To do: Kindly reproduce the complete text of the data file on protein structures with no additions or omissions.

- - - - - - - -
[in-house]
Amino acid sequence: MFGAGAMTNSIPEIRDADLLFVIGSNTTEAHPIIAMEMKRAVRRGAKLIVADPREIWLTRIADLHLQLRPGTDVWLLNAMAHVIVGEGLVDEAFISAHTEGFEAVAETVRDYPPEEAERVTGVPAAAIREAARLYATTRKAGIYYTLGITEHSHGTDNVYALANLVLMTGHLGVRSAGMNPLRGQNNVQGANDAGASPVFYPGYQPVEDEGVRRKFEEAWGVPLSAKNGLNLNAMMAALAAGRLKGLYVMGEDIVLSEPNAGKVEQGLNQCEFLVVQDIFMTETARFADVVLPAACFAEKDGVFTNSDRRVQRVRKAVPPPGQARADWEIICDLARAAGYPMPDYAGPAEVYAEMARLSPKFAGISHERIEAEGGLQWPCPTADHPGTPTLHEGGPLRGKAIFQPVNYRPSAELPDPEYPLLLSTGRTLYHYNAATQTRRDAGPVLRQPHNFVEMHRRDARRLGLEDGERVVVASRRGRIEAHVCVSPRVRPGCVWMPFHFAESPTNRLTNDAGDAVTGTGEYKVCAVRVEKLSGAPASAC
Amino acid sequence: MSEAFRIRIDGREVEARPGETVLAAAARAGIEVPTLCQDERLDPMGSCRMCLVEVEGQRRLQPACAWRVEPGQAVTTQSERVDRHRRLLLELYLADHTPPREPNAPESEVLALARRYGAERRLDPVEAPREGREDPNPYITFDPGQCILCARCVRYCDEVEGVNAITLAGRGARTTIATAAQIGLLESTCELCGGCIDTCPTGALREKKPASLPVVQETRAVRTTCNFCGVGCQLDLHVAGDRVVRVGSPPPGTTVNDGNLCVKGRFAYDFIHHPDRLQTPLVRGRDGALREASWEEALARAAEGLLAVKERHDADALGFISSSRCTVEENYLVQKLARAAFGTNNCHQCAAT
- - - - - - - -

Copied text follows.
[in-house]
Amino acid sequence: MFGAGAMTNSIPEIRDADLLFVIGSNTTEAHPIIAMEMKRAVRRGAKLIVADPREIWLTRIADLHLQLRPGTDVWLLNAMAHVIVGEGLVDEAFISAHTEGFEAVAETVRDYPPEEAERVTGVPAAAIREAARLYATTRKAGIYYTLGITEHSHGTDNVYALANLVLMTGHLGVRSAGMNPLRGQNNVQGANDAGASPVFYPGYQPVEDEGVRRKFEEAWGVPLSAKNGLNLNAMMAALAAGRLKGLYVMGEDIVLSEPNAGKVEQGLNQCEFLVVQDIFMTETARFADVVLPAACFAEKDGVFTNSDRRVQRVRKAVPPPGQARADWEIICDLARAAGYPMPDYAGPAEVYAEMARLSPKFAGISHERIEAEGGLQWPCPTADHPGTPTLHEGGPLRGKAIFQPVNYRPSAELPDPEYPLLLSTGRTLYHYNAATQTRRDAGPVLRQPHNFVEMHRRDARRLGLEDGERVVVASRRGRIEAHVCVSPRVRPGCVWMPFHFAESPTNRLTNDAGDAVTGTGEYKVCAVRVEKLSGAPASAC
Amino acid sequence: MSEAFRIRIDGREVEARPGETVLAAAARAGIEVPTLCQDERLDPMGSCRMCLVEVEGQRRLQPACAWRVEPGQAVTTQSERVDRHRRLLLELYLADHTPPREPNAPESEVLALARRYGAERRLDPVEAPREGREDPNPYITFDPGQCILCARCVRYCDEVEGVNAITLAGRGARTTIATAAQIGLLESTCELCGGCIDTCPTGALREKKPASLPVVQETRAVRTTCNFCGVGCQLDLHVAGDRVVRVGSPPPGTTVNDGNLCVKGRFAYDFIHHPDRLQTPLVRGRDGALREASWEEALARAAEGLLAVKERHDADALGFISSSRCTVEENYLVQKLARAAFGTNNCHQCAAT